Hopefully you experience that, hopefully you know that when you come here and gather in this community – even while we do it virtually.  Because that is why church exists. Because for whatever reason, God doesn’t do this alone but seeks instead to work that energy and love out into the world through the hearts and hands and hope of our neighbours.  If you haven’t experienced that yet don’t worry, you will get the hang of it.  You will learn to let your guard down a little, put anger on hold for a moment, make yourself a tiny bit vulnerable, and when you do you will leave this time together, this community, feeling like you have had an infusion of spiritual chemotherapy, some kind treatment that breaks down the apprehension and hurt a little bit at a time and makes room for more trust, more concern for others, more hope in the future.

          That is what happens, when we share this little meal together of bread and juice, not enough to fill any tummy, but when you make room for the mystery, make room for Pentecost, that bread and cup become a feast.  It happens when you realize that when you lift that bread and cup to your mouth, God is with you – to support you in your pain and your stress and your anger and your apprehension.  And when you realize that, somehow in all of the frustrating mystery that is our relationship with God, this bread and juice become a reminder not only of the love and energy that is in this scattered virtual church community of ours, but of the love and energy that is God, that will send us out into the world and support us through our week until we can come together again and fill up on more.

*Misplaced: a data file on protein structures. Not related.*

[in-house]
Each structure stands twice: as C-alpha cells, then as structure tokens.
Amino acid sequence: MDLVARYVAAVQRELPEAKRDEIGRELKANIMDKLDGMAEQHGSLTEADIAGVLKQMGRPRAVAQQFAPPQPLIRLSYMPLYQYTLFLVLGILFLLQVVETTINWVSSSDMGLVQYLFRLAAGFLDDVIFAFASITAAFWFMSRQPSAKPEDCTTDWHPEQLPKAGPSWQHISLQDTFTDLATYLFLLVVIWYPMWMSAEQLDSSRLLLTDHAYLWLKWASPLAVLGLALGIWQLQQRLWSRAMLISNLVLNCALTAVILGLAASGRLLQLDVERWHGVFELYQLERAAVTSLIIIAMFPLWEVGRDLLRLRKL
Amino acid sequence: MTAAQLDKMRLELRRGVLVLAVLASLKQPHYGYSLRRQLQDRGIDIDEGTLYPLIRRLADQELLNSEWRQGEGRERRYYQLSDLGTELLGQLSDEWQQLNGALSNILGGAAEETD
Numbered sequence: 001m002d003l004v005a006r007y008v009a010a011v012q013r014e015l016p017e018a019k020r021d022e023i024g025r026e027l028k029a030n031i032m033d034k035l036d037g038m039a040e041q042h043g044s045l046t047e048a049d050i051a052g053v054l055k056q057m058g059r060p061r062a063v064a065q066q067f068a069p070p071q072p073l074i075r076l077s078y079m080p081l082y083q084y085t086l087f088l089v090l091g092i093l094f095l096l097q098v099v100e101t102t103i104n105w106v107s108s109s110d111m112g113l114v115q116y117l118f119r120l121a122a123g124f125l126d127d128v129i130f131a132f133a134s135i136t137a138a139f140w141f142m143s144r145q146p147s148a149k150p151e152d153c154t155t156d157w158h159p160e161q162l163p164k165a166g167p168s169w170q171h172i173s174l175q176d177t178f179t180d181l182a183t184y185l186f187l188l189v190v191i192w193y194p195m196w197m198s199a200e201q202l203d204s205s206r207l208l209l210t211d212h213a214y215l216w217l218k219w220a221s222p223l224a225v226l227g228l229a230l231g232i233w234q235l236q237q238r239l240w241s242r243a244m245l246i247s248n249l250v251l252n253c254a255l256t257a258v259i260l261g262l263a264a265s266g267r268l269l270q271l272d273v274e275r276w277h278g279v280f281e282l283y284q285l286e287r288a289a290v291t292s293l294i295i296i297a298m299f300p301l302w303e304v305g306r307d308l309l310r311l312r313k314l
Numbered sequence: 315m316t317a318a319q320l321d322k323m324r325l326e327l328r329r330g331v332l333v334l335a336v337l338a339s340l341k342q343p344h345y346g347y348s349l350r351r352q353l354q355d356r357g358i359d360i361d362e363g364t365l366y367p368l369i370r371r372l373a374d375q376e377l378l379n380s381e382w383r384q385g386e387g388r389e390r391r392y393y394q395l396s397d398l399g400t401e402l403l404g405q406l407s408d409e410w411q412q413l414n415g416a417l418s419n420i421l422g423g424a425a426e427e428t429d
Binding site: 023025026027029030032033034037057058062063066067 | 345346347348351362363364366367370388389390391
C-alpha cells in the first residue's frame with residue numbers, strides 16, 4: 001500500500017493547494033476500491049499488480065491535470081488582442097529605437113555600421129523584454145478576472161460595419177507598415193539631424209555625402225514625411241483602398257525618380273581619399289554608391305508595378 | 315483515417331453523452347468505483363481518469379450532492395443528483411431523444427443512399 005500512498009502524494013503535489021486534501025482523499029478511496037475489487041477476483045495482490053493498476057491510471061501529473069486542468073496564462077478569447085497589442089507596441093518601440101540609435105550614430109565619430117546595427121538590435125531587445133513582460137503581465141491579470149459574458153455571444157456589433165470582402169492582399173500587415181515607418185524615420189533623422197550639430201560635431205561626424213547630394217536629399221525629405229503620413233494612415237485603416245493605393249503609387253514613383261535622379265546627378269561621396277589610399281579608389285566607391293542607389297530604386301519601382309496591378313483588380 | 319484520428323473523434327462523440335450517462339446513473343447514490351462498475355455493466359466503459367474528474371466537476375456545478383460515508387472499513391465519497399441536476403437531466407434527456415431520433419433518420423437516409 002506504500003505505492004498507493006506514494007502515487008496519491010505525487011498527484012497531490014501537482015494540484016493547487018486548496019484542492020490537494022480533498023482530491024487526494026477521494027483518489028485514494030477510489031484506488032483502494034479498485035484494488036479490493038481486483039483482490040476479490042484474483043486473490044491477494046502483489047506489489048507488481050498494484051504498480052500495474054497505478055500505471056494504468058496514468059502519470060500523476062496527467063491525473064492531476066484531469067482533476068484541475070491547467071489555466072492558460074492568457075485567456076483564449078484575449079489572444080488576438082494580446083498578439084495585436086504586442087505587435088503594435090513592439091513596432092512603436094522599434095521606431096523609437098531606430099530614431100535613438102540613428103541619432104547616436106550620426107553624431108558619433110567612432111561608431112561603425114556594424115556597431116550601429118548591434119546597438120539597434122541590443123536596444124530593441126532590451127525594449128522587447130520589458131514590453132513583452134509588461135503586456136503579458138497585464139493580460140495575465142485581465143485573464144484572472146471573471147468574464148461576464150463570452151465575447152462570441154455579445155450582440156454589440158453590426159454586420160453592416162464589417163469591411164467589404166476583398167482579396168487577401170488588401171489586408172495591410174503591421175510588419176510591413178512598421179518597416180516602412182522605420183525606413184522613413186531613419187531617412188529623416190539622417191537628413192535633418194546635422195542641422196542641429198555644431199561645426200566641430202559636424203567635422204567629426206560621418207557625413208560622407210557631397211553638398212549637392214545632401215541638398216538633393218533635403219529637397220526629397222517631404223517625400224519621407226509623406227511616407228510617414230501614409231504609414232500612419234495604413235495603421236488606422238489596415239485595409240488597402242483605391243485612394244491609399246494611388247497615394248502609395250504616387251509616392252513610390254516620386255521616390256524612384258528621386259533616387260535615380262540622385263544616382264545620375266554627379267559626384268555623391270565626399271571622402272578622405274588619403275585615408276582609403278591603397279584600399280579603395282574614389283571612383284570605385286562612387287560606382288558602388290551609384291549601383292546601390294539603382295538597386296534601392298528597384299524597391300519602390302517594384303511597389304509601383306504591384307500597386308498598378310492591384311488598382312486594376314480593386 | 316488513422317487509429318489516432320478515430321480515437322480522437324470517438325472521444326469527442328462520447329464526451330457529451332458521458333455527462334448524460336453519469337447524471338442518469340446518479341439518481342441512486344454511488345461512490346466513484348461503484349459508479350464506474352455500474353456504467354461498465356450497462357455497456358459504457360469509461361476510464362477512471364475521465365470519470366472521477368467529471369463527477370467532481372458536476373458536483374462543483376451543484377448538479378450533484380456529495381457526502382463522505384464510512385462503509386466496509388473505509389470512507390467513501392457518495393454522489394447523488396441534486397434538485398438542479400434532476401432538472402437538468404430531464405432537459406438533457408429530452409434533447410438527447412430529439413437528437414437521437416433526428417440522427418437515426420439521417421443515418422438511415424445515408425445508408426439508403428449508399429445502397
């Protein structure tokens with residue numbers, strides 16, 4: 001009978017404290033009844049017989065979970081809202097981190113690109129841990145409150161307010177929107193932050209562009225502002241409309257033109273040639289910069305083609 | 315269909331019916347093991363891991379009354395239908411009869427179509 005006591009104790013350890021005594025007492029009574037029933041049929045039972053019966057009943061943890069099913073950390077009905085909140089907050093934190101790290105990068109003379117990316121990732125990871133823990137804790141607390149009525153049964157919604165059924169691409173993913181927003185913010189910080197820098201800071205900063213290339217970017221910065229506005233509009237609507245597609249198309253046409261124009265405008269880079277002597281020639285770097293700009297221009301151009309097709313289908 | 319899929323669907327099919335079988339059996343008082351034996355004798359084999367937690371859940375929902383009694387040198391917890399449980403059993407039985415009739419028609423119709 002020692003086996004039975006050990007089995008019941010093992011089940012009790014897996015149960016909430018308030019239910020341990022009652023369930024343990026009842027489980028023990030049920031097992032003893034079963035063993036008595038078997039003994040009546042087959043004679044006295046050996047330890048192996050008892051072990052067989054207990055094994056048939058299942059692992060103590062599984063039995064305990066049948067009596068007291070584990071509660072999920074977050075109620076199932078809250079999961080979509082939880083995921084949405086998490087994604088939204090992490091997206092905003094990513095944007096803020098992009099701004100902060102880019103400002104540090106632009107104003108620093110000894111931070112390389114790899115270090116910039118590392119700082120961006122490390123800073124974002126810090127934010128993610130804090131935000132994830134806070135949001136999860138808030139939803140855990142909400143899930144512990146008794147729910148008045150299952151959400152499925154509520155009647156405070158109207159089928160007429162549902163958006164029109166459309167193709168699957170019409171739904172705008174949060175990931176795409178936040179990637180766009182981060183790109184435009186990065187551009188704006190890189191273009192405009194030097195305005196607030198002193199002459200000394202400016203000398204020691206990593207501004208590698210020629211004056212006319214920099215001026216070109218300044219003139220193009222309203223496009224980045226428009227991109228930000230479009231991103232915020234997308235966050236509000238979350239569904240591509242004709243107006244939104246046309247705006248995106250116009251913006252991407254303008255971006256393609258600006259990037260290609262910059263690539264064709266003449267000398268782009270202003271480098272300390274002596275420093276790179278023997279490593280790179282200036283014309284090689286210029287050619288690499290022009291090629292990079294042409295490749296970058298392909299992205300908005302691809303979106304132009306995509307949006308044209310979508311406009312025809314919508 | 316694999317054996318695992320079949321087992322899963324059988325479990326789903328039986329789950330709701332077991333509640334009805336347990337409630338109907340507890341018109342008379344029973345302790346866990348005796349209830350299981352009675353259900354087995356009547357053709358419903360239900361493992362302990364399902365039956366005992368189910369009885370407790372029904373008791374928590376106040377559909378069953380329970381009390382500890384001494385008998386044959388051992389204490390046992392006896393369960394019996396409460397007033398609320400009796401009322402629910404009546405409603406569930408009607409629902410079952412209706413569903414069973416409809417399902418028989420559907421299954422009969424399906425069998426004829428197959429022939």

That is what Pentecost is all about. 

Forget the theological language about trinity and godhead, put aside trying to figure out how the story told in our scripture reading really could have happened exactly as it has been remembered, but remember this – Pentecost, today is the day God stood up and said in a loud clear voice – I know you are there; you are not forgotten.  Amen.